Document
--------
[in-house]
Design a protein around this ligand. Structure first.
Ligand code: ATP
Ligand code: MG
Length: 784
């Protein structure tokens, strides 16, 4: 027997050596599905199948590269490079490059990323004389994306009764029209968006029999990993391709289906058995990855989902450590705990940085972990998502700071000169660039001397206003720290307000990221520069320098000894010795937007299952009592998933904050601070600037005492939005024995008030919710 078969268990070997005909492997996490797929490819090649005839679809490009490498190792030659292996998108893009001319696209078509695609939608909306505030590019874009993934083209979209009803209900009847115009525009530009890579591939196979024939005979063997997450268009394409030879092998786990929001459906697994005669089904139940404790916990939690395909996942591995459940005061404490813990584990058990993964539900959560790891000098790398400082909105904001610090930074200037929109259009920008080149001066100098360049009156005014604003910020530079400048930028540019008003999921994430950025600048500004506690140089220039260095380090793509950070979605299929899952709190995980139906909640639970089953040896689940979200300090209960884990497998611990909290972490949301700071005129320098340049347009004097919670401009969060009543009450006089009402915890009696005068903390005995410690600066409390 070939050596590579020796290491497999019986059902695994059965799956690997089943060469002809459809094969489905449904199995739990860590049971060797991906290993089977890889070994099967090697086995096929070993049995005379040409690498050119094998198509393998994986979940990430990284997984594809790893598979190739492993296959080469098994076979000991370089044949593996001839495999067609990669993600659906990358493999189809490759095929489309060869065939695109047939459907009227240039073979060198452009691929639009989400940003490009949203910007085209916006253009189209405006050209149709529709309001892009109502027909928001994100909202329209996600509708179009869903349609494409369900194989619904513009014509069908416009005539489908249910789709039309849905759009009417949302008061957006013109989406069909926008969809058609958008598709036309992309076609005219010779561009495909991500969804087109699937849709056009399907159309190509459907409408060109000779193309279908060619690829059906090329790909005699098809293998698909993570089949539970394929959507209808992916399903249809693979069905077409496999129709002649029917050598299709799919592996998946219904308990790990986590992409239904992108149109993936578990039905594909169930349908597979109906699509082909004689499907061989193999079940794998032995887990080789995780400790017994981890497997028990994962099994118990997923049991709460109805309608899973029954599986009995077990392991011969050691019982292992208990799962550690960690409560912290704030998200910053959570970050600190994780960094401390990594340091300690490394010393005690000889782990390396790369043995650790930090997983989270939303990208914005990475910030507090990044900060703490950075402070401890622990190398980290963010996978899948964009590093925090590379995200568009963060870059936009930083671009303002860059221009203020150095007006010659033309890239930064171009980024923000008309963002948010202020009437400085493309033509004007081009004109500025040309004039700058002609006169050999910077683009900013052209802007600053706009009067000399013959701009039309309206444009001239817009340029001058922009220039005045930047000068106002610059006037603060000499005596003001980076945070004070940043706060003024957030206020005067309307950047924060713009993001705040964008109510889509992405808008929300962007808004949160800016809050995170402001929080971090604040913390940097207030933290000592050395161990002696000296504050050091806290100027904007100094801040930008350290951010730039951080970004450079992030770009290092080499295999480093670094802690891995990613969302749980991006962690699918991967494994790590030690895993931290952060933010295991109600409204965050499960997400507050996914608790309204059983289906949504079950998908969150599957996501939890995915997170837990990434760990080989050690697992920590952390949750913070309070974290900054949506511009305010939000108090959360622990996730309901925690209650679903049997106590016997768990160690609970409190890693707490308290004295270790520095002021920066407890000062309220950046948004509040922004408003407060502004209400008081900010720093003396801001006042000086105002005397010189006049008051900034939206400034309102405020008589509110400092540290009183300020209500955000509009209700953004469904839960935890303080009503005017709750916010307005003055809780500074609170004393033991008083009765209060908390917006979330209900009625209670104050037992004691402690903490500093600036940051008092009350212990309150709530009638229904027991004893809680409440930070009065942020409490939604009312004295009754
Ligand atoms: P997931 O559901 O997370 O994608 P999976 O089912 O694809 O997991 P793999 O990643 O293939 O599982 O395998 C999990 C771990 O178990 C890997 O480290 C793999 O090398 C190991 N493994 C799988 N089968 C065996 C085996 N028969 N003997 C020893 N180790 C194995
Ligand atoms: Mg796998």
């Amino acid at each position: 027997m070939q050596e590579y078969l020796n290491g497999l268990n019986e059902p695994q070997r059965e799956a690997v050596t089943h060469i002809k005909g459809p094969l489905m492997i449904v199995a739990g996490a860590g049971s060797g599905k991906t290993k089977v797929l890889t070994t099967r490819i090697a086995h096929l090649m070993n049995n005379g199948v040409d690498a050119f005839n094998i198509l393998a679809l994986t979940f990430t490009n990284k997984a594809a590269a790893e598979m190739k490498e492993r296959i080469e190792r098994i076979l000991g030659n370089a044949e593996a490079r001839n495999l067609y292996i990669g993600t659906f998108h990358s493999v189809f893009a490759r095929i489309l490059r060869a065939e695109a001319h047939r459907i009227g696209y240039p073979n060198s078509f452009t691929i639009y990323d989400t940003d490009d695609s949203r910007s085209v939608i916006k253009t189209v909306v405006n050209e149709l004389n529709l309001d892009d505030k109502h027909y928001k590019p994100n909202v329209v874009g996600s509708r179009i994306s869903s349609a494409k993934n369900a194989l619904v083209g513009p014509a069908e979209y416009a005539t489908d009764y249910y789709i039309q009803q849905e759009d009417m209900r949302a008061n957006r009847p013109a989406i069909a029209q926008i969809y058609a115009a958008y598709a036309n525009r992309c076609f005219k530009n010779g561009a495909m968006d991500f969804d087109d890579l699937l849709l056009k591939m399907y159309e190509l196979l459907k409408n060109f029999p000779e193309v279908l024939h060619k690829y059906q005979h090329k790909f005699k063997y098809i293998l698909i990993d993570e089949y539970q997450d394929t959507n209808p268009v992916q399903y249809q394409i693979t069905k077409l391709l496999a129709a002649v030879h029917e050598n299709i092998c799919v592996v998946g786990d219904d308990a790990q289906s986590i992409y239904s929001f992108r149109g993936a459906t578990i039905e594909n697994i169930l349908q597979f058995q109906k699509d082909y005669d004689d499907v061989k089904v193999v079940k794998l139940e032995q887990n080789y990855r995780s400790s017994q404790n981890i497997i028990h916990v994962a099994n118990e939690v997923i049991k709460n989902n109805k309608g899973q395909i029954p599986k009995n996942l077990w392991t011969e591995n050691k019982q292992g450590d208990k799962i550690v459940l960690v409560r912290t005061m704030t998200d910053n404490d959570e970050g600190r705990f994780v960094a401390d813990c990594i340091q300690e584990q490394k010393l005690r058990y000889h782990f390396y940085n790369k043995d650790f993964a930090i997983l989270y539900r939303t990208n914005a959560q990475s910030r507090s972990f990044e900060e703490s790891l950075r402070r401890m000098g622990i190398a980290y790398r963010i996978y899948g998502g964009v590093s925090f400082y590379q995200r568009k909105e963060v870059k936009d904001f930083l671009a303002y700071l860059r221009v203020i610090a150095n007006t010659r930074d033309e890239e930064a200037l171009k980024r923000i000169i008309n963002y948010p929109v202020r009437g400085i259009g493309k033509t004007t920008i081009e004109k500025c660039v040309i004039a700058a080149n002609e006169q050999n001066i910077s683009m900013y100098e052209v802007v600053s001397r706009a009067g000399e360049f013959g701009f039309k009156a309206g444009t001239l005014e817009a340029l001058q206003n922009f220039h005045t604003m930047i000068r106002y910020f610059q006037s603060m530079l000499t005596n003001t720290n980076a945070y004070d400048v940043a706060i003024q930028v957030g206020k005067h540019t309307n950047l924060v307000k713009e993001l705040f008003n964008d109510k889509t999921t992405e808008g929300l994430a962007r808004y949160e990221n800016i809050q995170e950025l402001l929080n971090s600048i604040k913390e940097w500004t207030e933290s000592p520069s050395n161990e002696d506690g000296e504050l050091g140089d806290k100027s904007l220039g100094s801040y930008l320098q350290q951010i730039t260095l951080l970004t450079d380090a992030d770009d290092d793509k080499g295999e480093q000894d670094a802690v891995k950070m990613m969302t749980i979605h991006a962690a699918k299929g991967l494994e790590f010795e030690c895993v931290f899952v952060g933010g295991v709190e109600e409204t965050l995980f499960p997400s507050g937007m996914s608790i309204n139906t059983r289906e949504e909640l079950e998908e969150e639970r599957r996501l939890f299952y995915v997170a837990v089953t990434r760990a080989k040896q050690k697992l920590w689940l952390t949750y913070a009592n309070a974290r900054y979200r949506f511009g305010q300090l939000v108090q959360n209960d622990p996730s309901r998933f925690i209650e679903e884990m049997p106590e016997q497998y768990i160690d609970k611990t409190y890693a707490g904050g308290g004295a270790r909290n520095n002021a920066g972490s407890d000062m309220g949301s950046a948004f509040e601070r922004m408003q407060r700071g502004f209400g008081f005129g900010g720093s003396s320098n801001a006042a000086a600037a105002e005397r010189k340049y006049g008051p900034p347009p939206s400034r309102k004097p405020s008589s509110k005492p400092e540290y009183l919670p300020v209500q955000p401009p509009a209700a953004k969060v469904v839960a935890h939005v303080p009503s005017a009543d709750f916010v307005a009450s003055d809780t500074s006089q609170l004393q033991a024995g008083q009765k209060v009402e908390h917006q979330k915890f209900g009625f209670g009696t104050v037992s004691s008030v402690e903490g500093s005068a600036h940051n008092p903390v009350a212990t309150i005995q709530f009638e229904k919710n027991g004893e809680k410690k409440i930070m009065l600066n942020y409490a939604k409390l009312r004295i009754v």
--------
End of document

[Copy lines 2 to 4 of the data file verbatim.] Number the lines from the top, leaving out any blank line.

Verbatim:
Design a protein around this ligand. Structure first.
Ligand code: ATP
Ligand code: MG